The energy used to mine cryptocurrencies is comparable to that of many developed countries and competes with emissions from large consumers and fossil fuel producers such as airlines and oil service companies.
The Bitcoin Mining Council made its formal debut Thursday amid a growing debate over the amount of energy used in cryptocurrencies.
“The Bitcoin Mining Council is a voluntary and open forum for Bitcoin miners who are committed to the network and its core principles,” wrote Michael Saylor, Chief Executive Officer of MicroStrategy Inc., who co-founded the association, on Twitter. He added, “Join us” next to an emoji with praying hands.
Saylor, who made acquiring Bitcoin a business strategy for the enterprise software maker, tried to allay concerns about energy usage after Elon Musk, CEO of Tesla Inc., cited it as a reason not to use Bitcoin as payment for the company’s cars to accept. Musk later expressed support for the group.
Massachusetts Democratic Senator Elizabeth Warren blew up energy on Wednesday as she chaired a hearing for the Senate Banking Subcommittee to examine issues with existing cryptocurrencies and whether the Federal Reserve should issue its own cryptocurrencies. She later called cryptocurrencies “an environmental disaster” in a Bloomberg TV interview.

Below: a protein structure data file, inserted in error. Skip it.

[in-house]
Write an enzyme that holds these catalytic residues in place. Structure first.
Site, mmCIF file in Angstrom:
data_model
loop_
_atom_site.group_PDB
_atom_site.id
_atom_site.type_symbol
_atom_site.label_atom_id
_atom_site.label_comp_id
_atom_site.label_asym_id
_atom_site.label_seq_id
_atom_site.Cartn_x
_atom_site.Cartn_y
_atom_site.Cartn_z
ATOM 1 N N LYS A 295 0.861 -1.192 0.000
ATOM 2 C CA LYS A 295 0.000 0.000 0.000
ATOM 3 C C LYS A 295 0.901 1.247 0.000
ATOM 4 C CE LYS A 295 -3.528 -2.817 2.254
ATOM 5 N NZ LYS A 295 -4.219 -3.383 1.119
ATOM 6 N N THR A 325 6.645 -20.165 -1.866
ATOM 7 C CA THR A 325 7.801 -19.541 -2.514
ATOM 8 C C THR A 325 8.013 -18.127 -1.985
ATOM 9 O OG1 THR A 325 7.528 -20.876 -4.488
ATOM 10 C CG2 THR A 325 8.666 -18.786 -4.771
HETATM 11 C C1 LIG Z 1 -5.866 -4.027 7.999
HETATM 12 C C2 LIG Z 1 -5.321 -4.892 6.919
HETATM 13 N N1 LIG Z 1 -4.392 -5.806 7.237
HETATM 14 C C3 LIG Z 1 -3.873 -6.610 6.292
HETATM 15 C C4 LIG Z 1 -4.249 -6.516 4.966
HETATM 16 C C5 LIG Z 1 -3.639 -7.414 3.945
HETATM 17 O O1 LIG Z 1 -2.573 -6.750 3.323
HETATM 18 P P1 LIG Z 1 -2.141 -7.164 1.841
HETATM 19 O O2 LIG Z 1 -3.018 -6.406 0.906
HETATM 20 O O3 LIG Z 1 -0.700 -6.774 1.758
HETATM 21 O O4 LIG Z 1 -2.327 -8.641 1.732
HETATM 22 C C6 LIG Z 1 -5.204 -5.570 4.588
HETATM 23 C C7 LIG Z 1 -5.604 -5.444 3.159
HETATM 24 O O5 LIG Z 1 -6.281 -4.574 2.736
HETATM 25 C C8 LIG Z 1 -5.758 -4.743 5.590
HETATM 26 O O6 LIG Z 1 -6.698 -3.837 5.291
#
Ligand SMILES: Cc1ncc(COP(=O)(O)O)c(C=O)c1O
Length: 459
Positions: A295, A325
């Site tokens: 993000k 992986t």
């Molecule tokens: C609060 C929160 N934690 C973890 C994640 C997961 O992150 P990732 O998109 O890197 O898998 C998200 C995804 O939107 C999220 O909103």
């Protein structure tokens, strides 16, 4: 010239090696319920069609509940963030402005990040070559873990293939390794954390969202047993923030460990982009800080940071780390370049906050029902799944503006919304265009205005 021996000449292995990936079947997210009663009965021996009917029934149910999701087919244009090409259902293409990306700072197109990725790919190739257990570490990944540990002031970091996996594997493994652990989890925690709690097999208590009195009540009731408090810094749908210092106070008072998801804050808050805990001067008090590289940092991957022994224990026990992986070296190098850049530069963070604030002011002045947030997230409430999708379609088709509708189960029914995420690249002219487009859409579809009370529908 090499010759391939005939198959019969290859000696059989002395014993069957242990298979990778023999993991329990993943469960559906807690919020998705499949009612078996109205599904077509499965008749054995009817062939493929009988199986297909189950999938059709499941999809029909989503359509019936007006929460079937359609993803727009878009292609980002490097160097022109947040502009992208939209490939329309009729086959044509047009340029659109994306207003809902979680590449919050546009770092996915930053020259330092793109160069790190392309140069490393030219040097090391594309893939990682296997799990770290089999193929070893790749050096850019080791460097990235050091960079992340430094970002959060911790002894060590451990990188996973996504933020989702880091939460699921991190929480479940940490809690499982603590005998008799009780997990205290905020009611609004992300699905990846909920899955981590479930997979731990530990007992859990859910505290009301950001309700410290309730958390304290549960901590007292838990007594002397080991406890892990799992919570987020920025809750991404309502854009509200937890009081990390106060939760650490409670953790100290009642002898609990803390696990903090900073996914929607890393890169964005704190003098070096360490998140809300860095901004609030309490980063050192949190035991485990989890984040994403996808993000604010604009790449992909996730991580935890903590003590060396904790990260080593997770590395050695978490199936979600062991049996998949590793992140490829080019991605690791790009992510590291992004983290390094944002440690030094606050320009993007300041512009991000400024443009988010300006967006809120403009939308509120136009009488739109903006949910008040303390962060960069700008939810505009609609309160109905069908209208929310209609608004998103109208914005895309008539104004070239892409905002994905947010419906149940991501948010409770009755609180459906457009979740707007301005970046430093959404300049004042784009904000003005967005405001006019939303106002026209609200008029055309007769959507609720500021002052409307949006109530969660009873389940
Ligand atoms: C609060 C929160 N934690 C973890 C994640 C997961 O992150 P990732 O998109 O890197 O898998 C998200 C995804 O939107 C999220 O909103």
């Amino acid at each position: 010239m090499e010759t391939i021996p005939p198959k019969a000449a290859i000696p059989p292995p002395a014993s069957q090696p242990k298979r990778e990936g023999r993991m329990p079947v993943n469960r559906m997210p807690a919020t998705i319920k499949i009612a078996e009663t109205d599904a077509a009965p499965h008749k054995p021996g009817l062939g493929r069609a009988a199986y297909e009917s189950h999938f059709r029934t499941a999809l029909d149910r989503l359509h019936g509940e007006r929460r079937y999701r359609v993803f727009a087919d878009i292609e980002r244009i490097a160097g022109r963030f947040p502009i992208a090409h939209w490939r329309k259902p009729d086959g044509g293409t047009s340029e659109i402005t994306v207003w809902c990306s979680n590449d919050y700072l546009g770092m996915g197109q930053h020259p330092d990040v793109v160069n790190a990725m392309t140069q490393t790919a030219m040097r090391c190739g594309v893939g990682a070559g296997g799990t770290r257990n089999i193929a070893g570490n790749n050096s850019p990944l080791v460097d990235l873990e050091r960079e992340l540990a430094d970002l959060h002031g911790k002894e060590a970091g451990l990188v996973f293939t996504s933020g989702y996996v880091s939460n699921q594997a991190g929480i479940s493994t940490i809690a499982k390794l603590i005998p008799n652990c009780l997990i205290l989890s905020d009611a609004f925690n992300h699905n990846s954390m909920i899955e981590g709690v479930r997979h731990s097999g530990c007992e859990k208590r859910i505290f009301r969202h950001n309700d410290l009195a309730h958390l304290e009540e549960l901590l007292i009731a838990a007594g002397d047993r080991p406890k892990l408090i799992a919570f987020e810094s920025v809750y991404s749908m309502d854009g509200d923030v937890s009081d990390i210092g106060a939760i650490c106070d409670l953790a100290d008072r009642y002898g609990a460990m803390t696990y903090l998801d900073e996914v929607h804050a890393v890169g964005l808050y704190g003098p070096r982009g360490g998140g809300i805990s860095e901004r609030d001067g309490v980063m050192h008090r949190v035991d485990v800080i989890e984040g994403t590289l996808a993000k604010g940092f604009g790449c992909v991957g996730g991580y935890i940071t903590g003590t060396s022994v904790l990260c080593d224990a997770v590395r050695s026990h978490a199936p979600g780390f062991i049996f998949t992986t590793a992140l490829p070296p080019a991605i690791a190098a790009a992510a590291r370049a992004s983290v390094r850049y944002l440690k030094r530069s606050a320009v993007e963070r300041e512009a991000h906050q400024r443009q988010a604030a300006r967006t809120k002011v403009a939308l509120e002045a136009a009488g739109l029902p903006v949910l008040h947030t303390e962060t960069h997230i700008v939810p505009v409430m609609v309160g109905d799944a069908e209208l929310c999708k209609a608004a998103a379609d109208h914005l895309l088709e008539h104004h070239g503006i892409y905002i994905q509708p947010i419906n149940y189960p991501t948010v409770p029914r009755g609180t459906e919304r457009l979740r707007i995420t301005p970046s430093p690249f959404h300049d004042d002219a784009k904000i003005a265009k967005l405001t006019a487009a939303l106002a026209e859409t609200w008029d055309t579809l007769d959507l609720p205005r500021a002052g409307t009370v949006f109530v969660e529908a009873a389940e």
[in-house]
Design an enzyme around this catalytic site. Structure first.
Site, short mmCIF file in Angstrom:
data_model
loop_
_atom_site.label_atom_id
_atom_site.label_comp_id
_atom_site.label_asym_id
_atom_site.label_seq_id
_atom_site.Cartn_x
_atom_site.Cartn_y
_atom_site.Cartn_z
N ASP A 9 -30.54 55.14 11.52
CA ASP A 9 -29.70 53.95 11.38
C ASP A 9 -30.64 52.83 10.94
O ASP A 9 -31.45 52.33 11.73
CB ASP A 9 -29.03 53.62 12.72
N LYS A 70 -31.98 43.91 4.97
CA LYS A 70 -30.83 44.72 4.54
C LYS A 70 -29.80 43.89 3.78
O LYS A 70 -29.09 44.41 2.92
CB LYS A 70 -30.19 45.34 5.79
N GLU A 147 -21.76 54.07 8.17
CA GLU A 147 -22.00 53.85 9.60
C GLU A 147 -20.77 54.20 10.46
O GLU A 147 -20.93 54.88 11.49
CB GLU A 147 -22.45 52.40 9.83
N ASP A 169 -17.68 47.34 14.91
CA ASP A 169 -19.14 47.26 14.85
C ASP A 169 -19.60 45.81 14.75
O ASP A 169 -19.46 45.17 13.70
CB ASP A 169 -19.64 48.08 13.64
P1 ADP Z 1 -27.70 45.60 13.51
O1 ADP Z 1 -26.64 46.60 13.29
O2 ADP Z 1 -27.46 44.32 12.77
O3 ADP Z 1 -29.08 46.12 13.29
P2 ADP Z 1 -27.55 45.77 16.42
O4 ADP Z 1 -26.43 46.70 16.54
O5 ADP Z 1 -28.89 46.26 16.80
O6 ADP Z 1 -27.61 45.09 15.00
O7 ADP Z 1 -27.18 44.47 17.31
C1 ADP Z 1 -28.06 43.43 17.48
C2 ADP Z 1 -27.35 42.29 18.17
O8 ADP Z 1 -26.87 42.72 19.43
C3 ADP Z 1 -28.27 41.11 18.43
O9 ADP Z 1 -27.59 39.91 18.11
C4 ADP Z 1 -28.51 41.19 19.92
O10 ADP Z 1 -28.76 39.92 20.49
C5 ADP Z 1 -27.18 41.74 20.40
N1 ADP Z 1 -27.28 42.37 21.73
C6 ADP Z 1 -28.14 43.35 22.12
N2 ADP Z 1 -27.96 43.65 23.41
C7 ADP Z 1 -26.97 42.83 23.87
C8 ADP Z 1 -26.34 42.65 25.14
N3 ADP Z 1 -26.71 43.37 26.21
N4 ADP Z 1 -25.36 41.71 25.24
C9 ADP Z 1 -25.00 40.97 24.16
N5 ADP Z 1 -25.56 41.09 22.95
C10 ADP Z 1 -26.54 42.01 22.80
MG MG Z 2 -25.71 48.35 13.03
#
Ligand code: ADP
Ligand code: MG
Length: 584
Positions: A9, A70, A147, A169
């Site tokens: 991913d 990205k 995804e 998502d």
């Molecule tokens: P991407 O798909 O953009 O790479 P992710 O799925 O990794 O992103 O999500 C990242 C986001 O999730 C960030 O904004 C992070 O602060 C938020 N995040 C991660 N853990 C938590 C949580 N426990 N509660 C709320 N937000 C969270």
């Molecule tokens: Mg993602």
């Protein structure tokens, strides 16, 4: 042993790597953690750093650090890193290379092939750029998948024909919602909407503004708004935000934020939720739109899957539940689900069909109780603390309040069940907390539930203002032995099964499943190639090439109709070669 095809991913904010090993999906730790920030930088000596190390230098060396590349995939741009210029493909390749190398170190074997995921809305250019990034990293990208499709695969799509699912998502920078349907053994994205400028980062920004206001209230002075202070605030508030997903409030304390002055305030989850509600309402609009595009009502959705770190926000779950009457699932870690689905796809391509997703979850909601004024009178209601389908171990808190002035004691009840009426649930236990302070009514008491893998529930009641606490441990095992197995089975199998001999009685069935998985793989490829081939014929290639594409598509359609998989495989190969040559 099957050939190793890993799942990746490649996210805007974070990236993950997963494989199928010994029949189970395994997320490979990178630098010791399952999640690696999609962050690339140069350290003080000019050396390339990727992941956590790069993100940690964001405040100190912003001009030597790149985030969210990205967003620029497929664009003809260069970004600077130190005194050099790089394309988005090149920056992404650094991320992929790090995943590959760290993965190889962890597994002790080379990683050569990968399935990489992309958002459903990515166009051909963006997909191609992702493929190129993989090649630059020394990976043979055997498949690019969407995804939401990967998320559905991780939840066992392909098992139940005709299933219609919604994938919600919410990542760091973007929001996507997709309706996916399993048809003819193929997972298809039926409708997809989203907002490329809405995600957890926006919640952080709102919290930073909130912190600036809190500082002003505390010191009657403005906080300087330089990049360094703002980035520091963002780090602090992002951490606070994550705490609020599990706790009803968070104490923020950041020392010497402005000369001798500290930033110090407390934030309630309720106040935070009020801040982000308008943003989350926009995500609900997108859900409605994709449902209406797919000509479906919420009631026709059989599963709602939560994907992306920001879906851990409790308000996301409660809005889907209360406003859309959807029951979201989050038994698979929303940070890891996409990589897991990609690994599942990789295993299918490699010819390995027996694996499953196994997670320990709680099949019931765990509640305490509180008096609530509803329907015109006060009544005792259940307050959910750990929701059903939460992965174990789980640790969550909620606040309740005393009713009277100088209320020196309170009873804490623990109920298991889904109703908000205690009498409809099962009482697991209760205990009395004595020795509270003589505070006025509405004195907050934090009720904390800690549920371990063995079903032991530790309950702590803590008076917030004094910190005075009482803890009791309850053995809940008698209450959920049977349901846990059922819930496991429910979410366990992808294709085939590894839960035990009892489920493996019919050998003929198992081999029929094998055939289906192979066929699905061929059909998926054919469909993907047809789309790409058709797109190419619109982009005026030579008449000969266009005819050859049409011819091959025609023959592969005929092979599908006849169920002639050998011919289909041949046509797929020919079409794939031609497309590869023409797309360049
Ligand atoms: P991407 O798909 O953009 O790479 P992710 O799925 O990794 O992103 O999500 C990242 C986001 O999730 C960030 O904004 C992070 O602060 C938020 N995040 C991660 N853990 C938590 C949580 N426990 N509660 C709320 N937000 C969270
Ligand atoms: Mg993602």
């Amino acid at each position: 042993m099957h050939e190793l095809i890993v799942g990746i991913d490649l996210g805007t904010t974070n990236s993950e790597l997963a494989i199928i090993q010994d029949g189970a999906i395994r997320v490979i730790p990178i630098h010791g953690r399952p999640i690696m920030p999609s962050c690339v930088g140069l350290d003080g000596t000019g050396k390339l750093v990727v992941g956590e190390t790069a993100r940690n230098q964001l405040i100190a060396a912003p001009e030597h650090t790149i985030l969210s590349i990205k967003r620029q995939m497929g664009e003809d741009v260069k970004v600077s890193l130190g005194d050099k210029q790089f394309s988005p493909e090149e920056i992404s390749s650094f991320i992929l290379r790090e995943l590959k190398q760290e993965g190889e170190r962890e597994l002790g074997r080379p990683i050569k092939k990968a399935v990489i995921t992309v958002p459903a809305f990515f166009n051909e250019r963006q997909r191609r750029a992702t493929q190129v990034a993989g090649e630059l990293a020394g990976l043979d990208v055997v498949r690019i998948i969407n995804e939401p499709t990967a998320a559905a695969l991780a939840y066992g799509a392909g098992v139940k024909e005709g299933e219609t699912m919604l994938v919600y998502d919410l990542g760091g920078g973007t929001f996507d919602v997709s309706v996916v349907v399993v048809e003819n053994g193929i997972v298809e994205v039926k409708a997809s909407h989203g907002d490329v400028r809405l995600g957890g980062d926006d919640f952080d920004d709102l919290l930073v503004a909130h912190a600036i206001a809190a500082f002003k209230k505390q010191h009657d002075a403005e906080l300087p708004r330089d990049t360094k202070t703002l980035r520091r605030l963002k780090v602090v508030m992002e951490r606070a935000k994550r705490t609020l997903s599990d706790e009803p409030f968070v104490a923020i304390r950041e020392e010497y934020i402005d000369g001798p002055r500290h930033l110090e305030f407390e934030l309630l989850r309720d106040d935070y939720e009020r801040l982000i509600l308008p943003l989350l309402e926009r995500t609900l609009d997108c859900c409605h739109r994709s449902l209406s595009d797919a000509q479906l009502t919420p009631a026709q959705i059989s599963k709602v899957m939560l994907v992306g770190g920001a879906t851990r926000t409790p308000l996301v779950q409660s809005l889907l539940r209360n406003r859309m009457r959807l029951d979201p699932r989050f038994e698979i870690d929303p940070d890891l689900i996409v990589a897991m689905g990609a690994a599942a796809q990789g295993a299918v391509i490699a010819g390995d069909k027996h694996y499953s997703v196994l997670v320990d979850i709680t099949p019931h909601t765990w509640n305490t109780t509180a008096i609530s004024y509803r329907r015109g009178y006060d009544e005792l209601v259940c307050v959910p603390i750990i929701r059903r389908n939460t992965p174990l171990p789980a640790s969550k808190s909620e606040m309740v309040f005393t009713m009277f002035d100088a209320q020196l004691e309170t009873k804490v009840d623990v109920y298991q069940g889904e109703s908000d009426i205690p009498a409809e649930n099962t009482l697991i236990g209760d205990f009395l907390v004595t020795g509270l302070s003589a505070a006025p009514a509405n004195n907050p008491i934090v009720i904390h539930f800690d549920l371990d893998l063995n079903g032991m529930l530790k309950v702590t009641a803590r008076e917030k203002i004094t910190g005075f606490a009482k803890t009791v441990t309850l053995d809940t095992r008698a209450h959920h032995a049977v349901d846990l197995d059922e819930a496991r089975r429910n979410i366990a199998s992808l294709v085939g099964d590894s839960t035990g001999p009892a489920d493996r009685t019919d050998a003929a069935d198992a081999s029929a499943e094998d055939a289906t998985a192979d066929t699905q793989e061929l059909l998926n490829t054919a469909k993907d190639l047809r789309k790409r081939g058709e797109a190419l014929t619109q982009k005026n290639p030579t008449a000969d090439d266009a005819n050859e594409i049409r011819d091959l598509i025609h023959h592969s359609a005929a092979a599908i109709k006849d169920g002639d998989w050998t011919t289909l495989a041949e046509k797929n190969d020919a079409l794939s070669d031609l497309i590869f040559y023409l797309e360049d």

The council is a voluntary forum dedicated to the network and its basic principles, it says on its website. Nine companies, including MicroStrategy, Galaxy Digital, and Darin Feinstein’s Blockcap, are listed as founding members.
The Bitcoin Mining Council is a voluntary and open forum of Bitcoin miners who are committed to the network and its basic principles. We promote transparency, share best practices and inform the public about the benefits of #Bitcoin and Bitcoin mining. Join us. 🙏https: //t.co/vGPGD3TA5p
– Michael Saylor (@michael_saylor) June 10, 2021
Crypto miners use huge sums of computing power and energy to verify transactions on the blockchain. Its energy consumption is comparable to that of many industrialized countries and, according to an analysis by Bank of America Corp., it competes. with emissions from large fossil fuel consumers and producers such as airlines and oil service companies, although others deny this, arguing that it is no worse than the carbon footprint of cars, power plants and factories.
Saylor had called the first informal meeting of some miners in May. Musk does not have a formal role in the group. The miners agreed to form the council “to standardize energy reporting,” said Saylor